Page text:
Over the weekend I attended a retreat in Huntington Beach. It was led by one of my favorite thinkers, Eckhart Tolle, and it centered around living a life of presence. I was able to hear some brilliant speakers with varying perspectives and despite their differences, I noticed that almost all of them spoke about the consequences of “naming things”.
Names are extremely reductive and realizing this has completely changed the way I look at life and language.
When you reduce a person, place, thing, or idea into a single word, it completely detracts from its essence. Words are generalizations and they eliminate the wonder of all that they represent.
I first noticed this idea with author and Buddhist practitioner, Jack Kornfield. He spoke a lot about meditation, which is something I have consistently struggled with. In the past, I have always fallen victim to the relentless voice in my head and have never been able to silence my mind. This is not a problem exclusive to meditation for me. I am constantly unable to enjoy the present because of the narratives my mind is telling me.
Kornfield provided us with an awesome visual this weekend that has already helped me to overcome this, and boy does it feel good to have some inner quiet! He said:
While you are in meditation, notice the thoughts that come up and name them. Then, watch them dissolve away like clouds under the sun.
This works for much more than meditation. It is a strategy that I am trying to use as frequently as possible in my daily life.
When you assign a single word to a complex situation or emotion, it loses so much power. You are able to understand that you are familiar with the word, you have seen it before, and you know how to process it.
For example, if you are someone who is constantly thinking about the future and worried about uncertainty, you probably create a narrative that is far beyond what is necessary. You imagine every option and outcome you can think of (none of which are “real”). You obsess and stress about potential problems and you let thoughts of your future take you away from your present. Every time you find yourself in this thought pattern, name it. Think, “This is fear. This is anxiety. This is nervousness”. You will realize that you have felt all of these emotions before and instead of going through an extensive script, you can acknowledge your thoughts and feel them dissipate.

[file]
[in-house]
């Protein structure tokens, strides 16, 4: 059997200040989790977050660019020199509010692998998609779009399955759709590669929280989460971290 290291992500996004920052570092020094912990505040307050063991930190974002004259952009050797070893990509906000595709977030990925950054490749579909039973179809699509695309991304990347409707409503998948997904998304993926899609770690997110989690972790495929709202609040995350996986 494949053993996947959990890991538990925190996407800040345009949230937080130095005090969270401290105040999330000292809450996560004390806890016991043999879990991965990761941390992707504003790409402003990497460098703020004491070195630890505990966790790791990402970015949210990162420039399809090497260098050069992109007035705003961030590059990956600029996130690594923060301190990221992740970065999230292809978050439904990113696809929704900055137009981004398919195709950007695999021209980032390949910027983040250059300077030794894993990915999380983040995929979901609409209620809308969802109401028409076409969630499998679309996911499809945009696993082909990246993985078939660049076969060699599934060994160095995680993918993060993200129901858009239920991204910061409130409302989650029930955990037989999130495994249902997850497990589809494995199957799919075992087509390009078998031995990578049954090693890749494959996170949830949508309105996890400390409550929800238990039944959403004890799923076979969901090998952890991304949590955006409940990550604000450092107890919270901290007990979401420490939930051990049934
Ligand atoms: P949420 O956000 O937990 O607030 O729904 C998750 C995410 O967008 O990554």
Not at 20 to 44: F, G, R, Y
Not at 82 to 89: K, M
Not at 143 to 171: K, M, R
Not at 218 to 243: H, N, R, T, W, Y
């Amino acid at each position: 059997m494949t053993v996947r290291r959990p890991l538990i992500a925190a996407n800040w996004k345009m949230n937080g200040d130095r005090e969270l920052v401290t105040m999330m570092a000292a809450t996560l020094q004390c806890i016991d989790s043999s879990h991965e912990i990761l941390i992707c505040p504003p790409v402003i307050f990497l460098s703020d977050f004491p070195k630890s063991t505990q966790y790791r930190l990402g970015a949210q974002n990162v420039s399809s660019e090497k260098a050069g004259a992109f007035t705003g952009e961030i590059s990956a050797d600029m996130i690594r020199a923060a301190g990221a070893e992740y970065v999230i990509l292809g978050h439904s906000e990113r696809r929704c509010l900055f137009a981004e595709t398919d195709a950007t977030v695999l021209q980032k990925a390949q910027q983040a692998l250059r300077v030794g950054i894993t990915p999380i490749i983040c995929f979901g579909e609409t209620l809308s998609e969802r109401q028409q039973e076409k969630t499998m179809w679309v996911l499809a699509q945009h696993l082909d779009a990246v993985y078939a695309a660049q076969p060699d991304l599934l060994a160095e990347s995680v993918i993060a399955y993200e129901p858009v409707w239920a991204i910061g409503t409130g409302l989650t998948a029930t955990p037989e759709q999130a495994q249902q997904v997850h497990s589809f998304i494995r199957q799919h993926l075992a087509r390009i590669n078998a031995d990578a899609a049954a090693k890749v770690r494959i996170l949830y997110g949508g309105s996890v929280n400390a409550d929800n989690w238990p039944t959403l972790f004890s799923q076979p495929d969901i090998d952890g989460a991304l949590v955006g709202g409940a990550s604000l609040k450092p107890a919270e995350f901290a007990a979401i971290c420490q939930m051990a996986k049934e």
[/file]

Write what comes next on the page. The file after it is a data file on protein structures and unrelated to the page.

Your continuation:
That is the benefit of utilizing names. There is also a major detriment.
Eckhart Tolle gave an example that I felt illustrated the next concept very well. He told us a story about a hummingbird. One morning, he and his wife were standing on the porch of their home in Canada when a hummingbird flew over to them. It stopped right in front of them and seemed to stare at the couple right in their eyes. Eckhart explained that many people would have made the connection in their minds that it was a hummingbird and then would have stopped wondering about it because it was a bird they were already familiar with. This is a major de-emphasis of one of God’s creatures. In doing this, the need to know more is eliminated. As Eckhart so perfectly stated, “If you teach the child the name of the bird, the child will never see the bird again”.
It is our human instinct to look at things and analyze their functions and any potential harm that they could pose. Love is about so much more than that. Love is looking at the hummingbird and thinking about its past, where it came from, how it flies, the way it is colored, how it interacts with the rest of the world, in what ways it is similar to us, and the infinite amount of other properties that make a hummingbird what it is.
This same way of thinking applies to all people, places, things, and ideas. When you call me “Eden”, you are not thinking about my soul, my family, my childhood, my hardships, my joys… You are assigning everything that I am and have ever been to four meaningless letters.
I find this to be extremely applicable to relationships, as well. When I introduce somebody to my best friend, I give her a title. I call her my roommate or my best friend. These words do not even come close to encompassing all that she is to me. They do not explain all of the times we have cried together, laughed together, or grown together. They do not account for her gifts, her strength and resilience, or her compassion. I think about my dad, my mom, my step-dad, my siblings, and my past relationships. No combination of letters could ever illustrate their essences and when I get locked into using a single word I often forget the true miracles that they are.
Whether it is a chair, a meal, or a person, try to start looking at things without naming them. The wonder that becomes present when familiarity is gone is one of the best ways to feel gratitude and love.